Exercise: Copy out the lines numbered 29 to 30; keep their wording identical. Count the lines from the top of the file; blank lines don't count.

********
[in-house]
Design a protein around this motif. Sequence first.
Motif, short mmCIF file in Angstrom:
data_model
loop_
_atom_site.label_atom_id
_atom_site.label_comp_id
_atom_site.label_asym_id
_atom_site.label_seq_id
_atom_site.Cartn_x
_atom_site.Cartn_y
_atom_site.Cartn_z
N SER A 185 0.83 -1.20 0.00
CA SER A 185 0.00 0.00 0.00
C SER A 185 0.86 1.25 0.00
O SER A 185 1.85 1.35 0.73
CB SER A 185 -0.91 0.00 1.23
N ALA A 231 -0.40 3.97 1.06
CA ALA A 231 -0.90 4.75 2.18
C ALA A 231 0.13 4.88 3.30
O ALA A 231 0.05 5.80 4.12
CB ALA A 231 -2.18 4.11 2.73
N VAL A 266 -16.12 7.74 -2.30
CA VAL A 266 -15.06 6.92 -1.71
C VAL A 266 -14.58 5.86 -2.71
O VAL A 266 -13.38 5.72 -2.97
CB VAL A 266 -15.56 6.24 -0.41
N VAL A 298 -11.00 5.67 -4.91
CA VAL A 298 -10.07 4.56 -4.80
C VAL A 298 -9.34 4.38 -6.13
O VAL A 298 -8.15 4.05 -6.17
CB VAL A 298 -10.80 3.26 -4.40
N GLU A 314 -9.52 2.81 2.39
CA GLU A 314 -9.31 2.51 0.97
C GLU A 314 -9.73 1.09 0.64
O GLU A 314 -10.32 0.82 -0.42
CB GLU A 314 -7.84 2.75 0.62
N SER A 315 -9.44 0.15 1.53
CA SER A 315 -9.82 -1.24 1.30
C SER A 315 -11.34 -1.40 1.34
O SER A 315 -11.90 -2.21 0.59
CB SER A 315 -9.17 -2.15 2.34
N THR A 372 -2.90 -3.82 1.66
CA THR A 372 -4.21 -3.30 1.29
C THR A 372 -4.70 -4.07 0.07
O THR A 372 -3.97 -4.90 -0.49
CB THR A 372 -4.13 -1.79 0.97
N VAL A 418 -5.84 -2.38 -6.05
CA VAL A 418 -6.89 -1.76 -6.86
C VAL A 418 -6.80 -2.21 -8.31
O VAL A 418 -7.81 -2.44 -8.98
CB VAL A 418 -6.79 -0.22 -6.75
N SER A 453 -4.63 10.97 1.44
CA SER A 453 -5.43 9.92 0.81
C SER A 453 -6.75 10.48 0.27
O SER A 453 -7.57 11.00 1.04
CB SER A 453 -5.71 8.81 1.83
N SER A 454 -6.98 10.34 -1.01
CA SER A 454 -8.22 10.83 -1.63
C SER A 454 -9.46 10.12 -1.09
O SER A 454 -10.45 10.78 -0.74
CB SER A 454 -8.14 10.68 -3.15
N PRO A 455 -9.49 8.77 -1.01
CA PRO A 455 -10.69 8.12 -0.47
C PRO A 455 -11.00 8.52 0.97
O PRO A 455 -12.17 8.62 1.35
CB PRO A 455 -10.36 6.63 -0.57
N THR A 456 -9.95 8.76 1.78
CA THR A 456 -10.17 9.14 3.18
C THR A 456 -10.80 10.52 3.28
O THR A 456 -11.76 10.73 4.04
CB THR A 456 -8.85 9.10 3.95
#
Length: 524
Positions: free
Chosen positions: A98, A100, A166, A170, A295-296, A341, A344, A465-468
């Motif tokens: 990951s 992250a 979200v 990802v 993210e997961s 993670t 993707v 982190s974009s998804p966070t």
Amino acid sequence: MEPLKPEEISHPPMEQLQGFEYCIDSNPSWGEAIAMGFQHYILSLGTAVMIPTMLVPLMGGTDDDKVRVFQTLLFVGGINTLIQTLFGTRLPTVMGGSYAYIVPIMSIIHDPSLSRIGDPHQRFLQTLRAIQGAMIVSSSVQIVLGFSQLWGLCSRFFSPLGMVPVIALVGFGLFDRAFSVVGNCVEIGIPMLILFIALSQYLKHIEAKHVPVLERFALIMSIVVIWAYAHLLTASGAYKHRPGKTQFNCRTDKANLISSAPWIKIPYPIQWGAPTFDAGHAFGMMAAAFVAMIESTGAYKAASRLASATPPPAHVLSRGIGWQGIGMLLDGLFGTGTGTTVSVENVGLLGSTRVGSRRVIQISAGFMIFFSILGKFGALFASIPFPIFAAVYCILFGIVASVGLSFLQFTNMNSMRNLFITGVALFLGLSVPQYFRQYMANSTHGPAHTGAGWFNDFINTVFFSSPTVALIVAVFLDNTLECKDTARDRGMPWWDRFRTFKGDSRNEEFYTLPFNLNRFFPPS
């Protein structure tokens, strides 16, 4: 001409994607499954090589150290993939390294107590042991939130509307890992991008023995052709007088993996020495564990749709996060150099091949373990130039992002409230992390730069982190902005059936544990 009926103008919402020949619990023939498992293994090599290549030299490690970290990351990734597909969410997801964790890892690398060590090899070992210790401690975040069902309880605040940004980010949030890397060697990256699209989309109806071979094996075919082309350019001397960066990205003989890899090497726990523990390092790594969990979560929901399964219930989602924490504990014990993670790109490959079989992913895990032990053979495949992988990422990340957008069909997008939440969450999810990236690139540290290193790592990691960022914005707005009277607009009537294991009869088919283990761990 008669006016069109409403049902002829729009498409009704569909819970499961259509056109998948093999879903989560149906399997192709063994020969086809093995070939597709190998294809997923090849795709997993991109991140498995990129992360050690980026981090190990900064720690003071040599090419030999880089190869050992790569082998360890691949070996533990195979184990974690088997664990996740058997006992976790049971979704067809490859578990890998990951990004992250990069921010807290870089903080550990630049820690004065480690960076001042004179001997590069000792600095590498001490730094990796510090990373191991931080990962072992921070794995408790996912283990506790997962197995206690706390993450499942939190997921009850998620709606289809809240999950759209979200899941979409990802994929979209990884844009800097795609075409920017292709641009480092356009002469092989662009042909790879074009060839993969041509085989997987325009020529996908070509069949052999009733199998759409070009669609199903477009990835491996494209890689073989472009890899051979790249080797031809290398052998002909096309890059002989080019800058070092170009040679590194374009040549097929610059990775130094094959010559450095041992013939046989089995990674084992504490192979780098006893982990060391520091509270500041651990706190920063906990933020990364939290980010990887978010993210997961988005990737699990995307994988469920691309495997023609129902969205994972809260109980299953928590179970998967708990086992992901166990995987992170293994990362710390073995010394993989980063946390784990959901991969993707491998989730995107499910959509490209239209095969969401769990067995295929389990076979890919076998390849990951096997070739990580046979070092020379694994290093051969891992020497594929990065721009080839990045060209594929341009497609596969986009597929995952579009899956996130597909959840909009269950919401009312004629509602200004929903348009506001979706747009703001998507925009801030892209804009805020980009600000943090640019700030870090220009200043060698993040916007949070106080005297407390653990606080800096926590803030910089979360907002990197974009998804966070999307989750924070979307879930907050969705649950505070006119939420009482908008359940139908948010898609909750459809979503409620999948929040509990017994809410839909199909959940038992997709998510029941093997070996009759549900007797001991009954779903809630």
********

CA VAL A 298 -10.07 4.56 -4.80
C VAL A 298 -9.34 4.38 -6.13